The present invention is based on the discovery that mono-hydroxy vinyl compounds containing radiation curable groups, such as hydroxy acrylate compounds, can be conveniently and quickly reacted with epoxy compounds to produce oligomers which cure readily under the influence of radiation. Further, it has been found that by using mono-hydroxy vinyl compounds containing a plurality of radiation sensitive vinyl groups, such as pentaerythritol triacrylate, that the radiation response of the resulting oligomer can be markedly increased, and that coating compositions made from the resulting oligomers have improved surface cure and surface mar resistance properties. Still further, it has been found that by using selected low molecular weight epoxy compounds, that radiation curable oligomers can be made which may be used without solvents as coating compositions. The elimination of solvents from the coating compositions results in many advantages since solvents, whether of conventional type or reactive types, tend to volatilize during the coating operation and thereby create an atmospheric pollution problem. Additionally, the volatilization of a convertible solvent has the effect of changing the viscosity of the uncured coating and affects the properties of the finished film.
The epoxy compounds which may be used in producing the oligomers of the present invention may be divided into mono-epoxy compounds, on one hand, and polyepoxide compounds on the other. Several representative mono-epoxy compounds are listed below. The polyepoxy compounds which may be used include the diglycidyl ethers of aromatic or aliphatic bis-hydroxyl compounds, the epoxidized phenol formaldehydenovolac resins, and the epoxidized oils (linseed oil, soybean oil, or other natural oils which may be epoxidized).
While the aliphatic-based epoxy compounds are generally preferred, the aromatics also may be used. Preferably, the polyepoxy compound contains little or no internal unsaturation of its own. The present invention further contemplates the use of halogenated epoxy compounds, as well as mixtures of epoxy compounds, to produce special types of materials for special purposes.
A partial list of epoxy compounds which may be used in the present invention is set forth below:
__________________________________________________________________________EPOXIDE EEW MWINTERMEDIATE SOURCE RANGE APPROX. CLASSIFICATION__________________________________________________________________________Butyl glycidyl ether Dow 130-149 130 Aliphatic monoepoxideCresyl glycidyl ether Dow 165-189 165 Aromatic monoepoxideCardura "E" Shell 240-250 245 Aliphatic monoepoxideButylene oxide Union Carbide 72 72 Aliphatic monoepoxideStyrene oxide Union Carbide 120 120 Aromatic monoepoxideDER 332 Dow 172-176 350 Aromatic polyepoxideDER 331 Dow 182-190 370 Aromatic polyepoxideEpon 828 Shell 180-195 380 Aromatic polyepoxideGen epoxy 175 General Mills 172-178 -- Aromatic polyepoxideEpon 826 Shell 175-190 365 Aromatic polyepoxideERL 2772 Union Carbide 185-195 -- Aromatic polyepoxideEpon 830 Shell 190-198 390 Aromatic polyepoxideDEN 438 Dow 176-181 650 Aromatic polyepoxideDEN 732 Dow 305-335 640 Aliphatic polyepoxideEpon 812 Shell 150-170 480 Aliphatic polyepoxideDER 542 Dow 325-375 -- Halogenated polyepoxideEPO flexol plasticizer Union Carbide 228 1000 Epoxidized oilEpoxol 9-5 Swift 175 980 Epoxidized oilFlexibilizer 151 P&G 675 -- Epoxidized oilERL 4221 Union Carbide 131-143 240 Cycloaliphatic polyepoxideERL 4205 Union Carbide 91-102 172 Cycloaliphatic polyepoxideERL 4206 Union Carbide 74-78 144 Cycloaliphatic polyepoxideERL 4289 Union Carbide 205-216 -- Cycloaliphatic polyepoxideEpon 1002 Shell 600-700 1060 Aromatic polyepoxideEpon 1001 Shell 425-550 900 Aromatic polyepoxideEpon 834 Shell 230-280 470 Aromatic polyepoxideXD 7160 Dow 150-170 480 Aliphatic polyepoxide__________________________________________________________________________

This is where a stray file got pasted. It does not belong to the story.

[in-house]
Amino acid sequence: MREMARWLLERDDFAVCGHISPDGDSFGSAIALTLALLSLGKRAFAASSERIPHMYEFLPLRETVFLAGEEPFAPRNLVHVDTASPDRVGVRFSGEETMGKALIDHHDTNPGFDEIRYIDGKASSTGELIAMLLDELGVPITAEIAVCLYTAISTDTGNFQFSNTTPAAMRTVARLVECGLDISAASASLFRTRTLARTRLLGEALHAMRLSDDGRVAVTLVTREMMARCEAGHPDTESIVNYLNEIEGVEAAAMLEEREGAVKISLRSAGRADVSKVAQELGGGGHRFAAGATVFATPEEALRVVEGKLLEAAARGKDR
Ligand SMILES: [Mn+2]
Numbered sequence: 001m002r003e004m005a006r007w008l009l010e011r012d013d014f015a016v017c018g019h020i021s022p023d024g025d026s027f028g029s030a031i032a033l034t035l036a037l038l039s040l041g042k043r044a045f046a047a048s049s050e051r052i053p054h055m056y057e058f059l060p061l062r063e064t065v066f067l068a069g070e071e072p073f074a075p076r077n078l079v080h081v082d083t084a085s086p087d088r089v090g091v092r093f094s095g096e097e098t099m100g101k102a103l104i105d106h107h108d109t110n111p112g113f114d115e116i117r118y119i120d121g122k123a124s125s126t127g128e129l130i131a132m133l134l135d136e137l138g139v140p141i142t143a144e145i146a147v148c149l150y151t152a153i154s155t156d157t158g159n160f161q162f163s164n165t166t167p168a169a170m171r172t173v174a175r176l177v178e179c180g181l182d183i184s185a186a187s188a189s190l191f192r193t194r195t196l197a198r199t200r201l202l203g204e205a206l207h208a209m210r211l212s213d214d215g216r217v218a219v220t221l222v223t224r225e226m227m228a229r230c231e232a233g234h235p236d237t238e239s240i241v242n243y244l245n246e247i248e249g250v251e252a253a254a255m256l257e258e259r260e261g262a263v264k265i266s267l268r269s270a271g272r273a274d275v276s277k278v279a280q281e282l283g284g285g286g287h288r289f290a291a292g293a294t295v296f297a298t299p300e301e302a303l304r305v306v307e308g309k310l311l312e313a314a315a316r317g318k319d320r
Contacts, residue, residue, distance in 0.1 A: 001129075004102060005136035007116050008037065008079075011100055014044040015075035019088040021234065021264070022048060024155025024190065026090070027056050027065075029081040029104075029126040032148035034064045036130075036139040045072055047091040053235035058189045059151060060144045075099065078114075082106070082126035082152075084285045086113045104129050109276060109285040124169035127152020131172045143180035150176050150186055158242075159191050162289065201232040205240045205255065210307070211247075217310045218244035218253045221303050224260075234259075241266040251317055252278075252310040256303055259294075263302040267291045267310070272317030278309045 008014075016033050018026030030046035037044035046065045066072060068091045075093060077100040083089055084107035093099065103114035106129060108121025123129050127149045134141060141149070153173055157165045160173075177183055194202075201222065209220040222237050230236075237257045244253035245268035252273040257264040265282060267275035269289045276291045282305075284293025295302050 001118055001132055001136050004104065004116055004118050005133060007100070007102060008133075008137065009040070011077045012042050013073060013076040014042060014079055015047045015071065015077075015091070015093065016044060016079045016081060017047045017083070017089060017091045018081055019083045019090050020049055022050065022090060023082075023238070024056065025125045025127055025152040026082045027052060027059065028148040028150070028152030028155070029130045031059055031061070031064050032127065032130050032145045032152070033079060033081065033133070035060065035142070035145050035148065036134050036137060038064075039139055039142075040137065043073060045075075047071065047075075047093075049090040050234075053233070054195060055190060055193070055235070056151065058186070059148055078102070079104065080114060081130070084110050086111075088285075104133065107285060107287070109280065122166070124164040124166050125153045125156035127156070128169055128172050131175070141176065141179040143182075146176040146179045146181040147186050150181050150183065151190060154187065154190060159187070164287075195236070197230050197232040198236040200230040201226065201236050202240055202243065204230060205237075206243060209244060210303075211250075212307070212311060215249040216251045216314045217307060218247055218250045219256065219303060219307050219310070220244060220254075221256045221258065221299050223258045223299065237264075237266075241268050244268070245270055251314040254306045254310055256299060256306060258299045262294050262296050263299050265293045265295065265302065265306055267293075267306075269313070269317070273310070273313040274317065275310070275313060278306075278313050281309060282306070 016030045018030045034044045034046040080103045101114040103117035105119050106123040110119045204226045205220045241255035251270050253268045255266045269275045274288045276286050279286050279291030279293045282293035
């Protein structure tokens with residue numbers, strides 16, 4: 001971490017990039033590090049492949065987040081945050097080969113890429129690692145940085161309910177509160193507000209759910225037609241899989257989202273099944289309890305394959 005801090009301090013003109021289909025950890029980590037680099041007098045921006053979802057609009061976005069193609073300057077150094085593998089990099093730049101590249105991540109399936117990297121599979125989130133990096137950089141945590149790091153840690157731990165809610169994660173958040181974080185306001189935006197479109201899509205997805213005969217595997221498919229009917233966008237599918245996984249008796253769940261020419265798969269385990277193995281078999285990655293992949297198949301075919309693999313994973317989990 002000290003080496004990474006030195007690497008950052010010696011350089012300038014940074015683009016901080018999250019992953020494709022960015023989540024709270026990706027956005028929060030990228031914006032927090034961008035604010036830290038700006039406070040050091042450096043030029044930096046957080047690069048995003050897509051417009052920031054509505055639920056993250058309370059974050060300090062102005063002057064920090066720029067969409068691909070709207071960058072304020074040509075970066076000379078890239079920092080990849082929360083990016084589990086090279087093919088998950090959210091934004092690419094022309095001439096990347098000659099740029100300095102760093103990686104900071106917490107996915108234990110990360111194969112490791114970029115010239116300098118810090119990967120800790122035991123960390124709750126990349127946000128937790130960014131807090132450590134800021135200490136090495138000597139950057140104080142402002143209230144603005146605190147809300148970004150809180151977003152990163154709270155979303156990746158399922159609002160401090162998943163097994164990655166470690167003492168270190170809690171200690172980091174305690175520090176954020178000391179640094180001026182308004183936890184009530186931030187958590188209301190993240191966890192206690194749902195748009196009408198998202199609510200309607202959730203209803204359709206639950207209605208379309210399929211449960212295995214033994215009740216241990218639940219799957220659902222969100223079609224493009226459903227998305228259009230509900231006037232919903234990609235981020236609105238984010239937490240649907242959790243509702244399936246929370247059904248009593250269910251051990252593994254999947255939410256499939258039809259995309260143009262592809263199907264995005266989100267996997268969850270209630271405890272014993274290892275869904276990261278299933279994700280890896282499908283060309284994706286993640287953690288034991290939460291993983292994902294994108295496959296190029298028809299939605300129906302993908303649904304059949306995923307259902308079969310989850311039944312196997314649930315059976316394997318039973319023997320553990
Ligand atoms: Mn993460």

The lower viscosity epoxy compounds, e.g., 5 cps, are generally preferred, since low viscosity oligomers result and such low viscosity oligomers require a lower proportion of solvent materials to form a practical coating composition. Higher viscosity epoxy compounds, e.g., up to about 100,000 cps may also be used. The molecular weight range of the useful epoxy compounds may run from about 70 to about 2000. However, the monoepoxide compounds preferably have molecular weights in the range of about 70 to about 250, with the epoxy equivalent weight necessarily being about the same as the molecular weight. The preferred molecular weight range for the difunctional polyepoxy materials generally runs from about 150 to about 600, with the preferred epoxy equivalent weights running from about 75 to about 300. The epoxidized oils, which are another preferred group of polyepoxy compounds, generally have molecular weights in the range of about 1000 to about 1500. Since epoxidized oils have functionalities which run between about 2 and 6, the epoxy equivalent weights for the epoxidized oils run between about 175 and about 750.